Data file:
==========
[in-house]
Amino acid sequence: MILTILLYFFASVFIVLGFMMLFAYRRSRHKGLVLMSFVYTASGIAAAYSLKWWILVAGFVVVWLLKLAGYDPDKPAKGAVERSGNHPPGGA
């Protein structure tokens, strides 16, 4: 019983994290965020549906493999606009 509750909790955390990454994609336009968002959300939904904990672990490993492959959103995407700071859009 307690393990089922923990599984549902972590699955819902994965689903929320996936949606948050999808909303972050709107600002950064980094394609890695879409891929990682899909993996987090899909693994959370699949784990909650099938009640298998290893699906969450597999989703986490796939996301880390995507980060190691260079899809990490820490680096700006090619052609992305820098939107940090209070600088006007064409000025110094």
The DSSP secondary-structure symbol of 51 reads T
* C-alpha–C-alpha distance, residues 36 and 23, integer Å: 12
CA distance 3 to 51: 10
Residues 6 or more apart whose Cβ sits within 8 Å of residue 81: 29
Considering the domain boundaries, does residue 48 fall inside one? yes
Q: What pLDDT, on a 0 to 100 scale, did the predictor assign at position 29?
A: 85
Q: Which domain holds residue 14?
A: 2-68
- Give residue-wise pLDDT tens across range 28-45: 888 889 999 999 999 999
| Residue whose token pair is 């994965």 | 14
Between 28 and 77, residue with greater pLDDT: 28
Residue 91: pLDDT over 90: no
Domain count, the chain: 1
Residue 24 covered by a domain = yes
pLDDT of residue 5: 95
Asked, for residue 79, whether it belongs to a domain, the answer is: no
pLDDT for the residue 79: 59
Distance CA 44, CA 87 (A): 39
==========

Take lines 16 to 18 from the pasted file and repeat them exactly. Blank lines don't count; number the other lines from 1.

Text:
Residue 91: pLDDT over 90: no
Domain count, the chain: 1
Residue 24 covered by a domain = yes